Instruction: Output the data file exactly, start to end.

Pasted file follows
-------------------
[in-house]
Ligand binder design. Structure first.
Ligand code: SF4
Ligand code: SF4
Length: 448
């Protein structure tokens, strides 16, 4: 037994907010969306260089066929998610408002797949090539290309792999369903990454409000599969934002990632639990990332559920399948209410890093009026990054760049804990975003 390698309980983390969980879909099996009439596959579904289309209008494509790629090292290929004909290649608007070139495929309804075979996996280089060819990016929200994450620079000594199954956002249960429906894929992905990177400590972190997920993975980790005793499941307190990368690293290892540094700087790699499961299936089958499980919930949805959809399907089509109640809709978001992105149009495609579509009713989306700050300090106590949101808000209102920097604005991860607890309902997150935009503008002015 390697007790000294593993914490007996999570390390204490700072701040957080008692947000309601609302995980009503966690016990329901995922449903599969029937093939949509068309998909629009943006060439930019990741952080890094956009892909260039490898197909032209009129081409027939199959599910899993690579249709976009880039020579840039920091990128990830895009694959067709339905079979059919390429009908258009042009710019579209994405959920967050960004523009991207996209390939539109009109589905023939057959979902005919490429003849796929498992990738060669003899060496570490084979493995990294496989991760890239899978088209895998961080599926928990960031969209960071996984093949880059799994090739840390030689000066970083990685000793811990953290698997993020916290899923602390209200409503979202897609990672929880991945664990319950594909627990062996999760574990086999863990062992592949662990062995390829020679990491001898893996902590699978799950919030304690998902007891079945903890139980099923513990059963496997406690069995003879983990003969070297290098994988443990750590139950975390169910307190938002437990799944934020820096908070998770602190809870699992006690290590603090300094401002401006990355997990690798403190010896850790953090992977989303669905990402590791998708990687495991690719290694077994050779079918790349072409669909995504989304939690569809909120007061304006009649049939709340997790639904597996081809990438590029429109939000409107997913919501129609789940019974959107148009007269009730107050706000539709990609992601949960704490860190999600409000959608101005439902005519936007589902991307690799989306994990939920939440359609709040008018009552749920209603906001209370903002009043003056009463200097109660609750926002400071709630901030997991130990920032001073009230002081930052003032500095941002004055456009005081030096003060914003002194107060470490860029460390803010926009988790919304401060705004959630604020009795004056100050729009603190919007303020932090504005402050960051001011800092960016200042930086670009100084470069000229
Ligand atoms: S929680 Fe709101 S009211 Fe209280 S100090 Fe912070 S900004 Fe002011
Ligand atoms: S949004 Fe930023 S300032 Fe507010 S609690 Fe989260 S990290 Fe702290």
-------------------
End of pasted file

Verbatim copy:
[in-house]
Ligand binder design. Structure first.
Ligand code: SF4
Ligand code: SF4
Length: 448
């Protein structure tokens, strides 16, 4: 037994907010969306260089066929998610408002797949090539290309792999369903990454409000599969934002990632639990990332559920399948209410890093009026990054760049804990975003 390698309980983390969980879909099996009439596959579904289309209008494509790629090292290929004909290649608007070139495929309804075979996996280089060819990016929200994450620079000594199954956002249960429906894929992905990177400590972190997920993975980790005793499941307190990368690293290892540094700087790699499961299936089958499980919930949805959809399907089509109640809709978001992105149009495609579509009713989306700050300090106590949101808000209102920097604005991860607890309902997150935009503008002015 390697007790000294593993914490007996999570390390204490700072701040957080008692947000309601609302995980009503966690016990329901995922449903599969029937093939949509068309998909629009943006060439930019990741952080890094956009892909260039490898197909032209009129081409027939199959599910899993690579249709976009880039020579840039920091990128990830895009694959067709339905079979059919390429009908258009042009710019579209994405959920967050960004523009991207996209390939539109009109589905023939057959979902005919490429003849796929498992990738060669003899060496570490084979493995990294496989991760890239899978088209895998961080599926928990960031969209960071996984093949880059799994090739840390030689000066970083990685000793811990953290698997993020916290899923602390209200409503979202897609990672929880991945664990319950594909627990062996999760574990086999863990062992592949662990062995390829020679990491001898893996902590699978799950919030304690998902007891079945903890139980099923513990059963496997406690069995003879983990003969070297290098994988443990750590139950975390169910307190938002437990799944934020820096908070998770602190809870699992006690290590603090300094401002401006990355997990690798403190010896850790953090992977989303669905990402590791998708990687495991690719290694077994050779079918790349072409669909995504989304939690569809909120007061304006009649049939709340997790639904597996081809990438590029429109939000409107997913919501129609789940019974959107148009007269009730107050706000539709990609992601949960704490860190999600409000959608101005439902005519936007589902991307690799989306994990939920939440359609709040008018009552749920209603906001209370903002009043003056009463200097109660609750926002400071709630901030997991130990920032001073009230002081930052003032500095941002004055456009005081030096003060914003002194107060470490860029460390803010926009988790919304401060705004959630604020009795004056100050729009603190919007303020932090504005402050960051001011800092960016200042930086670009100084470069000229
Ligand atoms: S929680 Fe709101 S009211 Fe209280 S100090 Fe912070 S900004 Fe002011
Ligand atoms: S949004 Fe930023 S300032 Fe507010 S609690 Fe989260 S990290 Fe702290």